By: Carlos Lopez

Companies cannot have every employee with a Twitter account spreading (mis)information about their business, products or services to hundreds or thousands of followers, but the National Labor Relations Board is sending mixed signals about what, if anything, employers can do about it.

Good News: While the Board has been a relentless foe

By Erin Dougherty Foley and Lily Strumwasser

A recent study commissioned by Microsoft Corporation found that nearly 80 percent of individuals hiring and recruiting use the Internet to investigate candidates. A major news network indicated that more than 77 percent of employers find information about candidates online, and 35 percent have dismissed candidates based on these findings. At first blush, looking at an applicant’s social media content makes sense – after all, with just a few clicks of the mouse you can find out all sorts of revealing information about job applicants. However, there are also several legal risks associated with viewing applicants’ social media profiles.
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By:  Jacob Oslick

As we recently blogged about HERE, the National Labor Relations Board has taken a strong stand against what it considers overbroad social media policies.  Among other things, the NLRB contends that company social media policies risk chilling employees’ rights to discuss their wages or other “concerted protected activity.” 

The NLRB is

By: Paul Galligan

What rocks does an employer need to look under when faced with employee posting bad things about it on a social media website?  Rock one is more like the pebble in your shoe, the National Labor Relations Board (the “NLRB”). While the NLRB is usually known for regulating affairs between unions, employers, and union represented employees, in the last few years it has taken the lead role as protector of the hostile employee venting on Facebook, Twitter or any other social media outlet.  Most employers whose employees are not represented by a union have never dealt with the NLRB.  Discipline an employee for posting unkind or disloyal things about management or corporate culture and you will probably have to deal with the NLRB, the new champion of the blogosphere.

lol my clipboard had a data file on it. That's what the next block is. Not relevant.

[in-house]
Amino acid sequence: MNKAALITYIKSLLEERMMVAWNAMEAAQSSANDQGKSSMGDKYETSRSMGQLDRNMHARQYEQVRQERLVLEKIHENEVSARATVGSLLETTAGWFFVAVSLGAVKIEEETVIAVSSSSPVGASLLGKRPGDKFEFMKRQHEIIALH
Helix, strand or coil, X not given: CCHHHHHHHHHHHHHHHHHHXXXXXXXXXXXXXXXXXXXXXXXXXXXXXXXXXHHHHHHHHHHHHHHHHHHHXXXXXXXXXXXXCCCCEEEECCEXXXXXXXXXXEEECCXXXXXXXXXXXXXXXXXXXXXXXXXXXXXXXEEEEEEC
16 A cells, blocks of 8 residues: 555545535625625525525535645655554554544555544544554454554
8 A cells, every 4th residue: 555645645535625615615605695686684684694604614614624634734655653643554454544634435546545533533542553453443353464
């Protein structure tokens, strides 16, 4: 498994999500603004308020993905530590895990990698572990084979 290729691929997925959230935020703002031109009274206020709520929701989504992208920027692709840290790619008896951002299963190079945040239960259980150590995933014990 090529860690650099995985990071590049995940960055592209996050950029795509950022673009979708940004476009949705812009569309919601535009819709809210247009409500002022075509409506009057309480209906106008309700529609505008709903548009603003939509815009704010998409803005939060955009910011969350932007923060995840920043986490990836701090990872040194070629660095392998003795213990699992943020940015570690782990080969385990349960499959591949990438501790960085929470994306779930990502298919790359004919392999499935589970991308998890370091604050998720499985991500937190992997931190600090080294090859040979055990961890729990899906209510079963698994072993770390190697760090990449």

Whether employees are union represented or not, the NLRB believes that when employees post comments on a social media site about their employer, they may be engaging in “protected concerted activity.”  The NLRB views the posting as “concerted” activity when it concerns working conditions and the activity is for the benefit of two or more workers, not just the employee doing the posting.  It is “protected” activity unless the employee’s post crosses a vague (some would say nebulous and still undefined) line into griping or personal rants, and becomes unprotected.    
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By: Bryan Bienias

The paradox of America’s fascination with social networking has always existed at the crossroads where shameless exhibitionism collides with the fundamental need for personal privacy. People yearn to share the details of their “private” lives with the world . . . well, maybe only with some of the world, and only on